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The least developed countries (LDCs) and small island developing States (SIDS) in the Economic Community of West African States (ECOWAS) sub region (Benin, Burkina Faso, Cape Verde, Gambia, Guinea, Guinea Bissau, Liberia, Mali, Niger, Senegal, Sierra Leone, Togo)1, and Chad, Mauritania, Sao Tome and Principe and the Central African Republic are among the poorest in the world. Poverty levels in the sub region range from 20% of the population living on less that USD1 per day in the Central African Republic, to 84% in Liberia (African Development Bank,2010).

Clear links have been established between poverty and increased risks of exposure to hazardous chemicals and waste, as it is predominantly the poor who routinely face unacceptably high risks because of their occupation, living situation and lack of knowledge about the detrimental impacts of exposure to these chemicals and wastes. Low income neighbourhoods are often located around industrial areas and waste dumps; this makes the poor the first to suffer from accidents or the adverse environmental impacts of factories‟ operations (or environmental „externalities‟) (UNEP, 2010).

Despite the direct relationship between the sound management of chemicals and the protection of human health and the environment, and the prevention of poverty, these links are often overlooked in development planning and prioritizing.

Despite completing their National Implementation Plans (NIPs), the countries in the ECOWAS sub region, together with Chad, Mauritania, Sao Tome and Principe and the Central African Republic lack the financial capacity to match the GEF potential funds and the administrative capacity to design activities and attract co-finance to sustain their global role in the elimination and reduction of POPs. Therefore a regional programmatic approach is needed to maintain the momentum of the national coordination structure mechanism built during and by the NIP development process, to support a collective action, build national capacity, and enhance mainstreaming of chemicals issues into the work of national governments.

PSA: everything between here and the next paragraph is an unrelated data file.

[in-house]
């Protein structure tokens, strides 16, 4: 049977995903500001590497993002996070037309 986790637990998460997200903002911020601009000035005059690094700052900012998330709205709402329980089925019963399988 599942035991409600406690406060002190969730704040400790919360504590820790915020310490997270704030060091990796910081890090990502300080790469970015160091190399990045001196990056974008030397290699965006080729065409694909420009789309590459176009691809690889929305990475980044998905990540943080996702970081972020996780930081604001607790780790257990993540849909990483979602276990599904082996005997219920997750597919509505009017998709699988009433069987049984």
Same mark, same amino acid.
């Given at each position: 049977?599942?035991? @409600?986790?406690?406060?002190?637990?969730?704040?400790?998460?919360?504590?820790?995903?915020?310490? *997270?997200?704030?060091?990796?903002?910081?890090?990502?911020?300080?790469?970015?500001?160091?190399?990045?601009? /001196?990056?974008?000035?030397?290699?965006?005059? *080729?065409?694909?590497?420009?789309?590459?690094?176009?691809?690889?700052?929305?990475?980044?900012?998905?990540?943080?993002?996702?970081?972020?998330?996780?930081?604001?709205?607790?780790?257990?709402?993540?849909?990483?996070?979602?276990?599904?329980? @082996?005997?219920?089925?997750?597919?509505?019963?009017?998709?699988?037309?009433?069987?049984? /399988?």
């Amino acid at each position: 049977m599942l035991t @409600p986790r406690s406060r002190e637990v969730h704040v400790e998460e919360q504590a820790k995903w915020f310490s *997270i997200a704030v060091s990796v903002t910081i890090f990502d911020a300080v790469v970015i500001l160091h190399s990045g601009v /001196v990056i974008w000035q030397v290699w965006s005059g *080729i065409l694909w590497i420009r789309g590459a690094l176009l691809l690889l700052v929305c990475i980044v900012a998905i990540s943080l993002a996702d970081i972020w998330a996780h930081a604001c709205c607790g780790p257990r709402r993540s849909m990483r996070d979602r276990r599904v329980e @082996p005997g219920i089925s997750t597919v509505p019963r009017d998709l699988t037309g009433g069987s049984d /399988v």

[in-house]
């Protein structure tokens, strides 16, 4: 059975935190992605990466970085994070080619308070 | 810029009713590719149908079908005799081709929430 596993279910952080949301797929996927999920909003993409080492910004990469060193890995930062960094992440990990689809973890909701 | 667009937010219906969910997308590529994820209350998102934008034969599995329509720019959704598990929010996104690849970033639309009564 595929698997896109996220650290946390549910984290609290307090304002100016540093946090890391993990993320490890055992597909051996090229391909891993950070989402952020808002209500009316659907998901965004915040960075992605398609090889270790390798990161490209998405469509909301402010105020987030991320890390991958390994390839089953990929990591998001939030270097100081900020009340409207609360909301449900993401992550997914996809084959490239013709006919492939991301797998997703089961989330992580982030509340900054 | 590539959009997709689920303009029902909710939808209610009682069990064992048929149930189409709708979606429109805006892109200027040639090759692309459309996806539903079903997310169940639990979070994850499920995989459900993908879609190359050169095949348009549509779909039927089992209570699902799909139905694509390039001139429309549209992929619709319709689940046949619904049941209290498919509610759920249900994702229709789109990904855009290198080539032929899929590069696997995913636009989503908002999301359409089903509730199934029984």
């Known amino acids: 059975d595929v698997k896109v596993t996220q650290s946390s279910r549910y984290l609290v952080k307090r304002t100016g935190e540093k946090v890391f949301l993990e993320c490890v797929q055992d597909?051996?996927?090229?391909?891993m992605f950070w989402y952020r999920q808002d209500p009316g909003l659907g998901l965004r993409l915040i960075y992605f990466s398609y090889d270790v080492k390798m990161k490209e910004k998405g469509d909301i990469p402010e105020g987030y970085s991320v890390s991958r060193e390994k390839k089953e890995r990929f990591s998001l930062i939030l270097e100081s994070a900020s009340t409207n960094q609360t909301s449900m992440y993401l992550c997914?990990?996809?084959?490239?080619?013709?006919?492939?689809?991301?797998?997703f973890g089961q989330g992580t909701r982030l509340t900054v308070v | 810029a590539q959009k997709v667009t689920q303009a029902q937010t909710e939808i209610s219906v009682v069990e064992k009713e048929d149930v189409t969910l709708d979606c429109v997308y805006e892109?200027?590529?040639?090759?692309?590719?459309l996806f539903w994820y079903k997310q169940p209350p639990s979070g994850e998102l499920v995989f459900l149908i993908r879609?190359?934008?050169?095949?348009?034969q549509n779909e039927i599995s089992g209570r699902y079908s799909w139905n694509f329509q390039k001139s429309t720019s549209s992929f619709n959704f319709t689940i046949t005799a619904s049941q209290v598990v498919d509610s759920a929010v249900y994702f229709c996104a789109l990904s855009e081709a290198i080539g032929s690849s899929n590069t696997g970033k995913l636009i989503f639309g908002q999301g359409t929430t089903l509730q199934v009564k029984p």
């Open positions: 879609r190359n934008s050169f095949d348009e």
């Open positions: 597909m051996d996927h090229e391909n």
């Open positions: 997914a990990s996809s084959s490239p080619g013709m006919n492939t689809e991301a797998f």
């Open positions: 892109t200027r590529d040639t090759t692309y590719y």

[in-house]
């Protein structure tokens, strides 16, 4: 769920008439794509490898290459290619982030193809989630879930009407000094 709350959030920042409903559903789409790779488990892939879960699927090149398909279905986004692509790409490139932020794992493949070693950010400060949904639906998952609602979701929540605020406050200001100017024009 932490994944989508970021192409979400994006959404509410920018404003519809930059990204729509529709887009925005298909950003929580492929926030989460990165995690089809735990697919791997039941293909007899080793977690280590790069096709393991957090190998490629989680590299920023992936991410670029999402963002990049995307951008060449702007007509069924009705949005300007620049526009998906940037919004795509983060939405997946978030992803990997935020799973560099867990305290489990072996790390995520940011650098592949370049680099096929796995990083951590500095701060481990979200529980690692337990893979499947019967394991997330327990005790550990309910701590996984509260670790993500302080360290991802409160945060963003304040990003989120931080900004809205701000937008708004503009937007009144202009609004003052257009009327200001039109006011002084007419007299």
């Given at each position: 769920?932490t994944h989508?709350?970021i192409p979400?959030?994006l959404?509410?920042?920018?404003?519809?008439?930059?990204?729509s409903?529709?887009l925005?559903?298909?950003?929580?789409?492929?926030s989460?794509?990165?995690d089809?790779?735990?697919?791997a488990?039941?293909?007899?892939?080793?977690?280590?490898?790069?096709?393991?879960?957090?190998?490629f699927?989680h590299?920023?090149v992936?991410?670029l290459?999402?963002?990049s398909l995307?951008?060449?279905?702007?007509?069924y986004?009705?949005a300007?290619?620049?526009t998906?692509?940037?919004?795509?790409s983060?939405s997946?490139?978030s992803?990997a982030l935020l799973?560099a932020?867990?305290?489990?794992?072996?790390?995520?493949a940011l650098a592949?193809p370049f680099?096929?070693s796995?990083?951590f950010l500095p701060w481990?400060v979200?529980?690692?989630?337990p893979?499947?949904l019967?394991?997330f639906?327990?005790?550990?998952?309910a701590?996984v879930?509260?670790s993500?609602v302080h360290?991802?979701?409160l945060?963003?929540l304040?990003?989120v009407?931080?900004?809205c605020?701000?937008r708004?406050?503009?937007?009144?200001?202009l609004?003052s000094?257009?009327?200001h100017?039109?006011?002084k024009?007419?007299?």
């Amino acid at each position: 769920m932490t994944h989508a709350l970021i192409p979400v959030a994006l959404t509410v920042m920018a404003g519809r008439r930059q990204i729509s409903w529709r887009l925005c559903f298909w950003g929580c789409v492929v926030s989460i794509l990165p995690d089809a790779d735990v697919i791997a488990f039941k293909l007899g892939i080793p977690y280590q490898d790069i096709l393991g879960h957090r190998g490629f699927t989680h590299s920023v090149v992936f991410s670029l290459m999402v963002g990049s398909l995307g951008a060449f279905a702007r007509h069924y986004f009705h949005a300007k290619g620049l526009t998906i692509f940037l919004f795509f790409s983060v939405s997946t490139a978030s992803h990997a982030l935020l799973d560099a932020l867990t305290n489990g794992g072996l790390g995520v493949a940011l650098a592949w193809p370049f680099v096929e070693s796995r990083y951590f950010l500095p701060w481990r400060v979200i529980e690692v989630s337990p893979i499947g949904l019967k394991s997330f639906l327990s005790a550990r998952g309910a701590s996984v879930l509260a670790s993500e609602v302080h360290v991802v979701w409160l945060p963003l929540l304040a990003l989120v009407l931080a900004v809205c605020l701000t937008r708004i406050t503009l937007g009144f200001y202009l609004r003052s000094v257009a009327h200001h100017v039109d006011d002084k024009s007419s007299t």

Based on extensive regional and sub regional consultations and review of countries NIPs, UNEP and UNIDO have identified six areas in which these countries require assistance. These are: legislative and regulatory reform; enforcement and administrative capacity; information exchange and dissemination; identification of contaminated land; reduction of exposure to POPs and uPOPs emitting sources at workplace and open waste burning; and introduction of BAT/BEP in industrial production processes. UNEP and UNIDO have developed an Africa-wide programme that will address these areas of concern. The programme: “Capacity Strengthening and Technical Assistance for the Implementation of Stockholm Convention National Implementation Plans (NIPs) in African Least Developed Countries (LCDs)” w was implemented on a sub regional basis with projects developed for the COMESA, SADC and ECOWAS sub regions respectively. In each sub region UNEP and UNIDO will have separate but complimentary projects based on thematic areas of comparative advantage. UNEP is proposing to implement the components on legislative and regulatory reform, enforcement and administrative capacity, and information exchange and dissemination. UNEP is the lead agency and will also implement the monitoring and evaluation plan. UNIDO will implement the: identification of contaminated land; reduction of exposure to POPs and uPOPs emitting sources at workplace and open waste burning; and introduction of BAT/BEP in industrial production processes components.

 In close cooperation with UNIDO, UNEP were implement the programme activities from 2010 to 2015. The activities are designed to increase the capacity of key government agencies, provincial level government staff, agricultural workers, academia, research institutes, the private sector, as well as participating stakeholders in civil society, and specifically at the community level.

Furthermore activities were  also be undertaken to raise awareness of the judiciaries in order to increase understanding of the importance of environmental law and the chemicals and wastes conventions This project proposal covers the proposed UNEP activities for the ECOWAS sub region under the broad programme themes of legislative and regulatory reform, enforcement and administrative capacity, and information exchange and dissemination. All the project activities were identified through extensive consultation with countries from the sub region, the ECOWAS secretariat, regional bodies, civil society organisations and the private sector. All lessons and resources developed as part of the project was be shared and made available on a web-based knowledge management platform. Such a platform will provide the opportunity for increased south-south cooperation.      

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